Guest blogger Alison Cupp Relyea brings us the second in a series of three blog posts inspired by the leaders of the Gender and Sexuality Development Clinic of Children’s Hospital of Philadelphia (CHOP).
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Let’s focus on one statistic—one small moment in the presentation by Linda Hawkins and Samantha Taylor from the Gender and Sexuality Development Clinic of Children’s Hospital of Philadelphia (CHOP) that I attended in January. This statistic has changed the way I view the path of transgender youth, and it is one that I repeat time and again to anyone who will listen to me talk about why supporting gender diversity is critical. According to research, while many people associate transgender youth with an increased risk for depression, anxiety, substance abuse and suicide, this correlation is only partially true.
When transgender youth feel affirmed and supported by their parents, the statistical difference for these risk factors between transgender youth and their peers diminishes to almost nothing. (Trans PULSE’s Impacts of Strong Parental Support for Trans Youth Report)
Educators, too, play a role in a positive outcome by identifying at-risk students and ensuring that they have a supportive school environment.
In other words, it is the lack of support that many transgender youth face, and not gender identity, that is most problematic. This deeply resonates with me as an educator, a parent and an ally, and this is a message that is worth spreading far and wide. Parents often have a very hard time accepting and understanding a child who is transgender, and one reason that we often hear is: “I just don’t want life to be so hard for Kate. She will be not be accepted, will get teased and might become depressed.” They often try to avoid or ignore signs, or force gender-conforming behavior, because they do not want their child to struggle socially or emotionally. This intention is understandable, but the outcome is harmful.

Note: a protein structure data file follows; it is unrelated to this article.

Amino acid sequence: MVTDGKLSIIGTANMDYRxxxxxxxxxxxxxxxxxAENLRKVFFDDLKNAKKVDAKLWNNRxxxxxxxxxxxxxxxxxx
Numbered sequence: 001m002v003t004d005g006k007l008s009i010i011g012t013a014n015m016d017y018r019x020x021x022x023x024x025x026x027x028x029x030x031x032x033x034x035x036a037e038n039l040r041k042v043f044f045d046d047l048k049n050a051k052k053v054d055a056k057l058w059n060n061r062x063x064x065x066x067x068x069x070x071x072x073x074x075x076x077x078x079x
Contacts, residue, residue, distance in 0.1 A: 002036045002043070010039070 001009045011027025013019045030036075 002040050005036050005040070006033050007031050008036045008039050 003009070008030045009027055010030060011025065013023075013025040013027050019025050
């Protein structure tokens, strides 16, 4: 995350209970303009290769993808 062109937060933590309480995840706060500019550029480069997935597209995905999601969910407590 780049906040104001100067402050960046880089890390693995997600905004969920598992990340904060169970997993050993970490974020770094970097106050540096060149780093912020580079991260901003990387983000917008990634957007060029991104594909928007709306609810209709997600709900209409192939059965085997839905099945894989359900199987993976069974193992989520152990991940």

Children who feel deeply that their gender identity does not match their sex assigned at birth are not trying to create a more difficult life for themselves. In fact, they are trying to find a path forward that makes them feel comfortable in their own bodies and allows them to develop with the same social-emotional well-being that they see in their peers. When parents and teachers acknowledge this and affirm who they are, it helps them on this path.
Raising confident, self-aware adolescents and young adults does not mean removing challenges. It means helping them feel secure and giving them the tools they need to navigate challenges successfully. Transgender youth are no different, and the adults in their lives play a critical role in shaping a positive future.
Further Resource: One Parent’s Story